Wednesday, August 27, 2008

A Florida Edukashun

This is the sad state of education in Florida.

As many of you know, I work for a company that provides tutoring services for No Child Left Behind. Title 1 schools (those whose students fail to do well on standardized tests two years in a row) are required, now, to provide free tutoring services to children who perform poorly and are from low income families. Okay. So I work for a company who provides these tutoring services. Right. Here is why I bore you with that: my boss often sends out questions asked by various county coordinators to give all of us the benefit of the answer. Below, I present to you one such question. Judge for yourselves the qualifications of this tutoring coordinator:

"Do I assign group sessions if their are little amounts of tutors and we a tutor to take on more kids? Or can a tutor ask to start off with group sessions, how will I ensure their is enough kids for all tutors? (I believe the answer to this is, I pick tutors off tutorwell as needed for a child, not everyone is choosen...let me know if this is correct)"

I am almost speechless. This human being is going to be teaching. It's so sad, it's a little bit funny. I wish I had made this up.

Be rich or homeschool.

Thursday, August 21, 2008

I really like this picture.

So yesterday I had to drop off some supplies for a tutoring fair that I'll be tabling tonight. The last time I had been to this place, I got very lost and had to turn around multiple times (please imagine with me a car turning around the same bends over and over, trying to turn on a teeny side street that creeps up on you so fast that you can't ever seem to make the turn), so yesterday I called the office of the place and asked, please, for directions. The receptionist gives me directions, then ends with, "Okay. Bye.... be safe." And I was reminded again of the joys of living near the ghetto in sunny Pensacola, Florida.

Once I get there, I grab a pallet of Aquafina, on top of which are a couple packages of juice boxes. Hanging from my arms are my purse and four or so bags of cookies and crackers. I stagger through the dirt parking lot to the double doors, which I barely manage to open, nearly losing the juice boxes in the attempt. Cool air hits my hot face and I hesitate, looking for a sign or any sort of direction. I find none, so I wander up the hall, pausing every now and then to readjust my grip on the Aquafinas. I see a human being with a badge around her neck! I thank God. I ask a question. She asks many questions, which seem to make the stuff heavier. She figures out where I'm trying to go (at least one of us knows) and turns me around towards the double doors I came in. Turning left right before them, we face a long hallway. She points to my destination at the very end of it. I scramble for a grip on the water, juice and cookies and begin to stagger (again). When I almost run into a couple of women with a large cart, one offers the cart as an Aquafina carrier. I gratefully accept. The subsequent trips up and (after more refined directions) back down the hallway seem much shorter and finally, after interrupting a training session, I deposit my goodies and run away.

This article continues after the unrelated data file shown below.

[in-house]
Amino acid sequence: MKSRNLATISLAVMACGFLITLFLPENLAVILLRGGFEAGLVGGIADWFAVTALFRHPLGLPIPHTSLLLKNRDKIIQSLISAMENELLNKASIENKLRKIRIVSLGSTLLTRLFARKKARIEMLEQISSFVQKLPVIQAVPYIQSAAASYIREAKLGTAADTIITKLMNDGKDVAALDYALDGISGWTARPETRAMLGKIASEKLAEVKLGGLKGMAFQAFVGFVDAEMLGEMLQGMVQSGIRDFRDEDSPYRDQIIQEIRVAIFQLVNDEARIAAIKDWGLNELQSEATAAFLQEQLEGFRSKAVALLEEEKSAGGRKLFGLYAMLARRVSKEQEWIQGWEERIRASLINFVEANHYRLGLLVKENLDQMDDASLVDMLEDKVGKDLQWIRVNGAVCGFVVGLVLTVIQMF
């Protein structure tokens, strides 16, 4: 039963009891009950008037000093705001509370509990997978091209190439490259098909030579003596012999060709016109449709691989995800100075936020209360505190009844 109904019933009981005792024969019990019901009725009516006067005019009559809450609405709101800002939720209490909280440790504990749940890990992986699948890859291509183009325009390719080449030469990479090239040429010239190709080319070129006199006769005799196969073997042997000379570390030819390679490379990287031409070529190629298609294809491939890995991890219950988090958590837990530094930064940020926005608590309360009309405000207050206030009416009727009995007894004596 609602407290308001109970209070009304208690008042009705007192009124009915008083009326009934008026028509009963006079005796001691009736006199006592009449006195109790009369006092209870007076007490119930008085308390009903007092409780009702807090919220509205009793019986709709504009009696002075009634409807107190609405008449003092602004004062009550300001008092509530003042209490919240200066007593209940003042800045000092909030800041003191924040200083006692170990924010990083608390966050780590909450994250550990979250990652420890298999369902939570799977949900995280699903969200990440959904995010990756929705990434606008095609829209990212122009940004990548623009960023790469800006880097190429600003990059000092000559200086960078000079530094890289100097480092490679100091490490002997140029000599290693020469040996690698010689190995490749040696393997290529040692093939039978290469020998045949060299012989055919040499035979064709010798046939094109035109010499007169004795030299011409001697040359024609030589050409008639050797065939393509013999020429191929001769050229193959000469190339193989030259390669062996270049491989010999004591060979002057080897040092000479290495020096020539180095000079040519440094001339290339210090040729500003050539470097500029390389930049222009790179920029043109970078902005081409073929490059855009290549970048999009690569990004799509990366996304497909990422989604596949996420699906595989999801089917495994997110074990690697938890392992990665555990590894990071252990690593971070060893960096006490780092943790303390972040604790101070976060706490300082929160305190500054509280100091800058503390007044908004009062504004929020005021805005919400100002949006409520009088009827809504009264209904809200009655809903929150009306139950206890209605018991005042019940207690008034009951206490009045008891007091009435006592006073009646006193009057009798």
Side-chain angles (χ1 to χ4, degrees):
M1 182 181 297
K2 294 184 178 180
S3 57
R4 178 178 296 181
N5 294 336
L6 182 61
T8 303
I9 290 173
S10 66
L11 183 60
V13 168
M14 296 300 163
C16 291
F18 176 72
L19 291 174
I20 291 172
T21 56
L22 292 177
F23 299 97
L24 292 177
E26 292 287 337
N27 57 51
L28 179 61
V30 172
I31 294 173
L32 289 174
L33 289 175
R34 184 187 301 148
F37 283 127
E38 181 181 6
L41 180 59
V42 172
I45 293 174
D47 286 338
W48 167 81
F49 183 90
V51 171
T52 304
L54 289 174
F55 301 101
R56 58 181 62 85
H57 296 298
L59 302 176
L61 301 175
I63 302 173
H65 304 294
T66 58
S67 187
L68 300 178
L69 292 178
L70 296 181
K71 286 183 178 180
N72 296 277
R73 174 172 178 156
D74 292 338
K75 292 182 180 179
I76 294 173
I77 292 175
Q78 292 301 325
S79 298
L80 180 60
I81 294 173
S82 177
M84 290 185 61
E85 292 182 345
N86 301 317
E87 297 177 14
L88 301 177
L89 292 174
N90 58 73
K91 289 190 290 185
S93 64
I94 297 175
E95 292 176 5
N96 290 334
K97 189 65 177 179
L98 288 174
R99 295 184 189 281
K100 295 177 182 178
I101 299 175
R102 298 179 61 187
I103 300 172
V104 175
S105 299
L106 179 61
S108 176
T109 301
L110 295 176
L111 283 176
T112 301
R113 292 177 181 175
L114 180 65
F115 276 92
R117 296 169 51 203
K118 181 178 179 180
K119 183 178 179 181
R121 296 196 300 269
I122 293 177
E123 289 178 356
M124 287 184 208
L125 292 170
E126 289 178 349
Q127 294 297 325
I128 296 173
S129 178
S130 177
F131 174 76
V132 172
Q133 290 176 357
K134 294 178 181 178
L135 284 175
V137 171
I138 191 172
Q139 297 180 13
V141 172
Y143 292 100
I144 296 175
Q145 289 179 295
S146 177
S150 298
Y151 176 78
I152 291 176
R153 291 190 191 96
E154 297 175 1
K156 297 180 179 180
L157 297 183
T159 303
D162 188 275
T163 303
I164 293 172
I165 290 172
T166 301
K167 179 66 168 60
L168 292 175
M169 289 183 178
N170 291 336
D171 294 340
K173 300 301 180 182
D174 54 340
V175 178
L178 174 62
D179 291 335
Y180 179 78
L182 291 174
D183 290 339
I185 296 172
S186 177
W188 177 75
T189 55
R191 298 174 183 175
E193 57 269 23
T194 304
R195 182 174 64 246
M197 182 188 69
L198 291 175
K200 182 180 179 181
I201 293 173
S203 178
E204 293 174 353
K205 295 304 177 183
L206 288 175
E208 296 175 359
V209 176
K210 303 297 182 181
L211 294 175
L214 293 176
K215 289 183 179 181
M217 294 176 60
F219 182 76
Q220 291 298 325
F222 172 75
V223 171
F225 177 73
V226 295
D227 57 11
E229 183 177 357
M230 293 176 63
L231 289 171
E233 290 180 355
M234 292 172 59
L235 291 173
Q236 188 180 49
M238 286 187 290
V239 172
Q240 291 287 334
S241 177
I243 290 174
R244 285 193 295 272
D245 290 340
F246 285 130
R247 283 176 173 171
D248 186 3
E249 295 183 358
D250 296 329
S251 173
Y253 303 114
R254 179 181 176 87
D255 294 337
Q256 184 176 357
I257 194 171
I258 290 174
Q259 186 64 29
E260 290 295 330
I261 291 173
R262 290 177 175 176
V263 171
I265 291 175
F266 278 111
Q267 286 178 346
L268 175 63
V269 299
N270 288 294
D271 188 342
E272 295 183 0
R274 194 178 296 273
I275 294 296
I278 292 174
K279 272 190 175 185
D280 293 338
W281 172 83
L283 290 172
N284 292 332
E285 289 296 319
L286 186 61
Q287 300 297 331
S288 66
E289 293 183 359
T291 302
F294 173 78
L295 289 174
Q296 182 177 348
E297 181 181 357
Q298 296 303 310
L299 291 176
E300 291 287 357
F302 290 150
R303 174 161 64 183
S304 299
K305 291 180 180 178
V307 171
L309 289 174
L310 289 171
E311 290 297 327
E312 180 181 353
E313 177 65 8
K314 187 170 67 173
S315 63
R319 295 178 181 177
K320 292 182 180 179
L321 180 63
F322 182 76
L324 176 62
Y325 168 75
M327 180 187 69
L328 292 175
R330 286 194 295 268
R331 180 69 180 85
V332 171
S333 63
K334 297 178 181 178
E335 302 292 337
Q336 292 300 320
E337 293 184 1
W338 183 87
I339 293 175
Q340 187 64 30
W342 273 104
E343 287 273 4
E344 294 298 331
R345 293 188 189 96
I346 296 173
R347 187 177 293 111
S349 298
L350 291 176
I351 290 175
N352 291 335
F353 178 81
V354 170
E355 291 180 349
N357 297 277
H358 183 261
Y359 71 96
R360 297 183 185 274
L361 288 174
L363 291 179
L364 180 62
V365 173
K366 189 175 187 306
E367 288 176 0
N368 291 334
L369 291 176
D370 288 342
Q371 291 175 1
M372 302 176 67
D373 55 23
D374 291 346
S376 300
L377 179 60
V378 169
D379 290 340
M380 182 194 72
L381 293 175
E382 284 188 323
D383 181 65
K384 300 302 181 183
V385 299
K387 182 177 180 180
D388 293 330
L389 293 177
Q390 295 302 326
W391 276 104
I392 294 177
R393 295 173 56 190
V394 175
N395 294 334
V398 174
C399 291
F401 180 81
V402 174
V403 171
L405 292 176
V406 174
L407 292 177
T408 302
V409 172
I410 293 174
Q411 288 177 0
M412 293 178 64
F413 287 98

Victory, even celebrated in a dirt parking lot, is indeed sweet.

Monday, August 4, 2008

New Favorite Recipe, first edition

Lesson One: Pad Thai

*Please note the delightful cloth napkins. They were my favorite recent purchases until last night when I found a delicious-smelling body wash. But I still love them.

On the menu for the evening was traditional (well it started that way) Pad Thai, Grilled Chicken with a Thai Rub and salad with a limey peanuty dressing.

The chicken was amazing. Jon invented the rub, which was such a resounding success that we might patent it. The salad dressing, which was inspired from a Real Simple recipe was truly yummy. It's mostly lime juice, with a little garlic, some red pepper flakes, a little soy sauce and peanut oil. Then you have to put cilantro and mint in the salad greens and roasted peanuts on top of the ensemble, and it's instant deliciousness. The Pad Thai was not as successful as the other two recipes. Although we cooked it in the "traditional"way, we ended up having to add cilantro and lime (which it called for on the side) in greater quantities. And Jon added hot garlic chili sauce. Those made it taste better. This only means that we're going to have to try a few Pad Thai recipes before we get it right. The good news is that we have the tamarind concentrate. The bad news is that, in it's concentrated form, it is impossible to spread gooky tamarind among the sticky rice noodles. That may have been our problem in the first place. Any Thai people with ideas or recipes, please bring them forth.

In other cooking news, and in another blatant Mari-copying move, I am reading "French Women Don't Get Fat", which I am really enjoying. And I finished all the fresh blueberries I picked. Aren't they pretty?